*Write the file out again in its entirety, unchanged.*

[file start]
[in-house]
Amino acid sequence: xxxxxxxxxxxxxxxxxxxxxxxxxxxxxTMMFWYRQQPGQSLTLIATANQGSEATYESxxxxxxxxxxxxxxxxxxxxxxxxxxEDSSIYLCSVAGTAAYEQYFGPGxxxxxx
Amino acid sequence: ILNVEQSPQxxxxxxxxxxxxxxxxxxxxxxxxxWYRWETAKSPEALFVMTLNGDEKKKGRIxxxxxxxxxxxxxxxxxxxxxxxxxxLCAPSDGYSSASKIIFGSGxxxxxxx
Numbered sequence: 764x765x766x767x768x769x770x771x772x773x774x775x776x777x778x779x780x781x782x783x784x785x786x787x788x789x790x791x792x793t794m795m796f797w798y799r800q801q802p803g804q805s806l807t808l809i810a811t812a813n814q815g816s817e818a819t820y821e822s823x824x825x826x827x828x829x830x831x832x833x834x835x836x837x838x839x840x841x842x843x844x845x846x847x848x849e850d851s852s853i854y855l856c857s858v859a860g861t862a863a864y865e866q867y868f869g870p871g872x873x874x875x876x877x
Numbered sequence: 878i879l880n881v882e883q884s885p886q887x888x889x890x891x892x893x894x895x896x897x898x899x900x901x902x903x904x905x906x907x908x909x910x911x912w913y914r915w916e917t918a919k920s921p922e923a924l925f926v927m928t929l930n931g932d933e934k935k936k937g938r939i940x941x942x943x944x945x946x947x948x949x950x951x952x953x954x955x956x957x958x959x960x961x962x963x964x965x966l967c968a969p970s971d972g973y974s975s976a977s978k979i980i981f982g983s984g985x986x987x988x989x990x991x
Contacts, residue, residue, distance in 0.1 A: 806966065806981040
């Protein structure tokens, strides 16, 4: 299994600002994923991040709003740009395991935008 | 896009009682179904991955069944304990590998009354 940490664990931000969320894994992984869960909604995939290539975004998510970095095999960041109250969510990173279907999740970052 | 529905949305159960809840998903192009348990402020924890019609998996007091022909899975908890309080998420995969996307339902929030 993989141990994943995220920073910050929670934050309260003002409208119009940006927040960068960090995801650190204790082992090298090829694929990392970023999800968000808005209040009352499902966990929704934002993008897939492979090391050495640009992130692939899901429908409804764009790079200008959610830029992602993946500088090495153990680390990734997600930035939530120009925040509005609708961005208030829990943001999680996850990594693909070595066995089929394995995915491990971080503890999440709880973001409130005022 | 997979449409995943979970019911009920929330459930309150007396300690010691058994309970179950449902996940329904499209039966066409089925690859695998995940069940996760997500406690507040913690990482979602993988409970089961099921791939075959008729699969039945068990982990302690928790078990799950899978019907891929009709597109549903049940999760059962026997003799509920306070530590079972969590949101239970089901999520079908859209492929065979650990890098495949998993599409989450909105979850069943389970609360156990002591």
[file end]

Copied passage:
[in-house]
Amino acid sequence: xxxxxxxxxxxxxxxxxxxxxxxxxxxxxTMMFWYRQQPGQSLTLIATANQGSEATYESxxxxxxxxxxxxxxxxxxxxxxxxxxEDSSIYLCSVAGTAAYEQYFGPGxxxxxx
Amino acid sequence: ILNVEQSPQxxxxxxxxxxxxxxxxxxxxxxxxxWYRWETAKSPEALFVMTLNGDEKKKGRIxxxxxxxxxxxxxxxxxxxxxxxxxxLCAPSDGYSSASKIIFGSGxxxxxxx
Numbered sequence: 764x765x766x767x768x769x770x771x772x773x774x775x776x777x778x779x780x781x782x783x784x785x786x787x788x789x790x791x792x793t794m795m796f797w798y799r800q801q802p803g804q805s806l807t808l809i810a811t812a813n814q815g816s817e818a819t820y821e822s823x824x825x826x827x828x829x830x831x832x833x834x835x836x837x838x839x840x841x842x843x844x845x846x847x848x849e850d851s852s853i854y855l856c857s858v859a860g861t862a863a864y865e866q867y868f869g870p871g872x873x874x875x876x877x
Numbered sequence: 878i879l880n881v882e883q884s885p886q887x888x889x890x891x892x893x894x895x896x897x898x899x900x901x902x903x904x905x906x907x908x909x910x911x912w913y914r915w916e917t918a919k920s921p922e923a924l925f926v927m928t929l930n931g932d933e934k935k936k937g938r939i940x941x942x943x944x945x946x947x948x949x950x951x952x953x954x955x956x957x958x959x960x961x962x963x964x965x966l967c968a969p970s971d972g973y974s975s976a977s978k979i980i981f982g983s984g985x986x987x988x989x990x991x
Contacts, residue, residue, distance in 0.1 A: 806966065806981040
């Protein structure tokens, strides 16, 4: 299994600002994923991040709003740009395991935008 | 896009009682179904991955069944304990590998009354 940490664990931000969320894994992984869960909604995939290539975004998510970095095999960041109250969510990173279907999740970052 | 529905949305159960809840998903192009348990402020924890019609998996007091022909899975908890309080998420995969996307339902929030 993989141990994943995220920073910050929670934050309260003002409208119009940006927040960068960090995801650190204790082992090298090829694929990392970023999800968000808005209040009352499902966990929704934002993008897939492979090391050495640009992130692939899901429908409804764009790079200008959610830029992602993946500088090495153990680390990734997600930035939530120009925040509005609708961005208030829990943001999680996850990594693909070595066995089929394995995915491990971080503890999440709880973001409130005022 | 997979449409995943979970019911009920929330459930309150007396300690010691058994309970179950449902996940329904499209039966066409089925690859695998995940069940996760997500406690507040913690990482979602993988409970089961099921791939075959008729699969039945068990982990302690928790078990799950899978019907891929009709597109549903049940999760059962026997003799509920306070530590079972969590949101239970089901999520079908859209492929065979650990890098495949998993599409989450909105979850069943389970609360156990002591």